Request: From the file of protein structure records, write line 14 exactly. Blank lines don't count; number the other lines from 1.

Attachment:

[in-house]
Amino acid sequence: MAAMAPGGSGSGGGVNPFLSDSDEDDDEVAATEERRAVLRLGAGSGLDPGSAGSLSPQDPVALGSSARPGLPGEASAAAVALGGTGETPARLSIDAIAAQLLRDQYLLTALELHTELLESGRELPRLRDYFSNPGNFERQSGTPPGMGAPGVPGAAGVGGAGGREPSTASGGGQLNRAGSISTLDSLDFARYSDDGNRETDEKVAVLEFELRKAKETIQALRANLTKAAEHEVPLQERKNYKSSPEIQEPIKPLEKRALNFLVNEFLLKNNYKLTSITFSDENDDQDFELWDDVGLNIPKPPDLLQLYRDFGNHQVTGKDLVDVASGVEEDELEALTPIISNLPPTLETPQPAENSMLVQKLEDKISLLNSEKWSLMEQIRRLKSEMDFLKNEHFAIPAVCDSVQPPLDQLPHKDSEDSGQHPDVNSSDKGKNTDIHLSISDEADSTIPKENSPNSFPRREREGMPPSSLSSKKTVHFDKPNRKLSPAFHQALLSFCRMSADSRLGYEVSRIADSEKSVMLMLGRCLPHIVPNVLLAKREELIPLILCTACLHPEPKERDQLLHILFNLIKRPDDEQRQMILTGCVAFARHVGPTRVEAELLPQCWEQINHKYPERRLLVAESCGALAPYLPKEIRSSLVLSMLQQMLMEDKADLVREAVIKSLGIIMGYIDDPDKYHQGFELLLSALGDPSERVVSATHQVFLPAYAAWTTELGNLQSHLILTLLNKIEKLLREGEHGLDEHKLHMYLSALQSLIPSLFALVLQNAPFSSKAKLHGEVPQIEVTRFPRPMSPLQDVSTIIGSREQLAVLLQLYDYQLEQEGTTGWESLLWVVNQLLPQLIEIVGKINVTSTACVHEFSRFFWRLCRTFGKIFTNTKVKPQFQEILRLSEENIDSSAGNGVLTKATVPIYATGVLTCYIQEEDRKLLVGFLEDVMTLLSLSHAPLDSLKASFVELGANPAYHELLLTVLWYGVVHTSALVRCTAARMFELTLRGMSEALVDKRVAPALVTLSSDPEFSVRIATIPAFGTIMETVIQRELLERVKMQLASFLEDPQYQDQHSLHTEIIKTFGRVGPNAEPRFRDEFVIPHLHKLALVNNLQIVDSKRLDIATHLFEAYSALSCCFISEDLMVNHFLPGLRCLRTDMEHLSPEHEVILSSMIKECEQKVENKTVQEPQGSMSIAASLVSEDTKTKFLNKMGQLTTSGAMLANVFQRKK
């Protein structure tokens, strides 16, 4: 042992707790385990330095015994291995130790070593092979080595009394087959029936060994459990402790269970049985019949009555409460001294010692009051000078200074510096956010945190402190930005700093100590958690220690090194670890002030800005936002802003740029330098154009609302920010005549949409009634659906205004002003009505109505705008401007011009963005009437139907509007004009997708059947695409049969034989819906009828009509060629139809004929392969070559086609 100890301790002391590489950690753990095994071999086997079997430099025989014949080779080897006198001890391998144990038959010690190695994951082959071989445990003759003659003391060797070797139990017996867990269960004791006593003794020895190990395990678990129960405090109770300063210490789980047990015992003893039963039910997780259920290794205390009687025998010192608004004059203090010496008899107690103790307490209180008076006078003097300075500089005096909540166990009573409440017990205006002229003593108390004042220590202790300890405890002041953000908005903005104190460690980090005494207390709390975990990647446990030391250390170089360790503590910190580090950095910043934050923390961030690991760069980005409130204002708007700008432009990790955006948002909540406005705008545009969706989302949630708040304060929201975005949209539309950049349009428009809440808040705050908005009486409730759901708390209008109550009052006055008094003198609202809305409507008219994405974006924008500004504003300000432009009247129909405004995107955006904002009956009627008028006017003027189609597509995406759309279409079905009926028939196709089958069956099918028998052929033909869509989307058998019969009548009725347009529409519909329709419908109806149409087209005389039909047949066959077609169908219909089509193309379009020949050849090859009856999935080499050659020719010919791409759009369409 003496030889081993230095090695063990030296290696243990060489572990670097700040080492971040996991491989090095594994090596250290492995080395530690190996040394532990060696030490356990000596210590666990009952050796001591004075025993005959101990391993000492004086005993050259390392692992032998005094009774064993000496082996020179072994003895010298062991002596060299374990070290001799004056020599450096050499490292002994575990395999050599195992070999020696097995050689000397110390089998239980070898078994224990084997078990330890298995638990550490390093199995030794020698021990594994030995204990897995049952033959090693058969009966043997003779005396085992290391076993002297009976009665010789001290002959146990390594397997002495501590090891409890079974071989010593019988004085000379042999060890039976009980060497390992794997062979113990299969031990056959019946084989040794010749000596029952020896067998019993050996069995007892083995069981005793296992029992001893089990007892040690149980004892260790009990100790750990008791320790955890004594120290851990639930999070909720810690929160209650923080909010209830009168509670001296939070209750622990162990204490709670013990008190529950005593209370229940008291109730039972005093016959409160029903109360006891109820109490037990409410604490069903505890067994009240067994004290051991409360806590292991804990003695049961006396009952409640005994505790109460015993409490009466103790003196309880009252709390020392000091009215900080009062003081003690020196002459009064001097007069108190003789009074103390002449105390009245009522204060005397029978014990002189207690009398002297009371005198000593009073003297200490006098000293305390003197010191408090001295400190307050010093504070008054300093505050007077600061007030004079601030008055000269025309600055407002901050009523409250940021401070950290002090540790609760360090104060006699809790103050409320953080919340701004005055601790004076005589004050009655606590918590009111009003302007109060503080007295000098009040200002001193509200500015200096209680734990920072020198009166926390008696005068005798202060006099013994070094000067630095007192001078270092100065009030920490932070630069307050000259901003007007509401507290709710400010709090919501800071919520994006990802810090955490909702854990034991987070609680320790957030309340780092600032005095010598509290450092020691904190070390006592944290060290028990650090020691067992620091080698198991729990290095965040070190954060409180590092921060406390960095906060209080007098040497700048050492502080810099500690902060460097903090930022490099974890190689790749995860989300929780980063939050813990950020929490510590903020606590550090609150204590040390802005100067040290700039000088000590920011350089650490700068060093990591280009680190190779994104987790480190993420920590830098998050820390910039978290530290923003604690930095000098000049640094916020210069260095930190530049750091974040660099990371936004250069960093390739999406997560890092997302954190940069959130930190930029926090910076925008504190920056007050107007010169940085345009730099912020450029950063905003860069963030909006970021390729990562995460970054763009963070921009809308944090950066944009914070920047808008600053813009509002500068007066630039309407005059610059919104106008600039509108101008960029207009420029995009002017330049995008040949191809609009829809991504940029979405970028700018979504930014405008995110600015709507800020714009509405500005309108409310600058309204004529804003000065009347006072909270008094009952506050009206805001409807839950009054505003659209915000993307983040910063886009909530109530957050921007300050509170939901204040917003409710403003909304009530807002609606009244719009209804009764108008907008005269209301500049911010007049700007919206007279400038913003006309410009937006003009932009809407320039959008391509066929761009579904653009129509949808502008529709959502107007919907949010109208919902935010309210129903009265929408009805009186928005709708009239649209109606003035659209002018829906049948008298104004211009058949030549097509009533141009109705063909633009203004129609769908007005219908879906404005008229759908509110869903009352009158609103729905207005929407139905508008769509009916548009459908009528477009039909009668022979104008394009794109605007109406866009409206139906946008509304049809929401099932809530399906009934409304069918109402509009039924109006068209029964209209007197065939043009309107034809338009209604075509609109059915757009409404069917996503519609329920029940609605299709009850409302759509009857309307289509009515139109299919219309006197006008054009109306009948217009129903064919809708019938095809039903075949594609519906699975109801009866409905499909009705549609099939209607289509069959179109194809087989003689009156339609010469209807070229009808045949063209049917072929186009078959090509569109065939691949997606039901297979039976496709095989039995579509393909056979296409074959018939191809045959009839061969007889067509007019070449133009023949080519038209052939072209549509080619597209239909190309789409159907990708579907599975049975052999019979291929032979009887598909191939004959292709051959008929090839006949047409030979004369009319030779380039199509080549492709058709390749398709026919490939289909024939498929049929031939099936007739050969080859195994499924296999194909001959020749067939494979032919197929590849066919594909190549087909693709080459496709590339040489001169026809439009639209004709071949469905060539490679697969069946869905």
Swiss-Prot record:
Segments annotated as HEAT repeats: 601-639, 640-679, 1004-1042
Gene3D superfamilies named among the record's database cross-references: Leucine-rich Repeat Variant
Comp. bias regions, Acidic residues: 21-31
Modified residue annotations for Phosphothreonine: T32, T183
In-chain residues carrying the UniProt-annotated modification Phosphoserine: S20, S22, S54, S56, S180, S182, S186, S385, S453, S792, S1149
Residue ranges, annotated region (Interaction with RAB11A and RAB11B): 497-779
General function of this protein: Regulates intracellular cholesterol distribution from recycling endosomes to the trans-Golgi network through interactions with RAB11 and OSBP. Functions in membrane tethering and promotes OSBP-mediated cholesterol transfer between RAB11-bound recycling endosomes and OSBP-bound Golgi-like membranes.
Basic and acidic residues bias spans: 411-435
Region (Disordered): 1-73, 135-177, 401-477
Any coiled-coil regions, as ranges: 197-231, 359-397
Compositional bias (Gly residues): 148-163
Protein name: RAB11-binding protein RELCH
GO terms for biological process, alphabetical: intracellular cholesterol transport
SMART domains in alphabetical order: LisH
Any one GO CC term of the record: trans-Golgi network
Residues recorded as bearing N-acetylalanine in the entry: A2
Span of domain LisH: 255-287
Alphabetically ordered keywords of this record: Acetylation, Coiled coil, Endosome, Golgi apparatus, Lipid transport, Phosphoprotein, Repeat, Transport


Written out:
Any coiled-coil regions, as ranges: 197-231, 359-397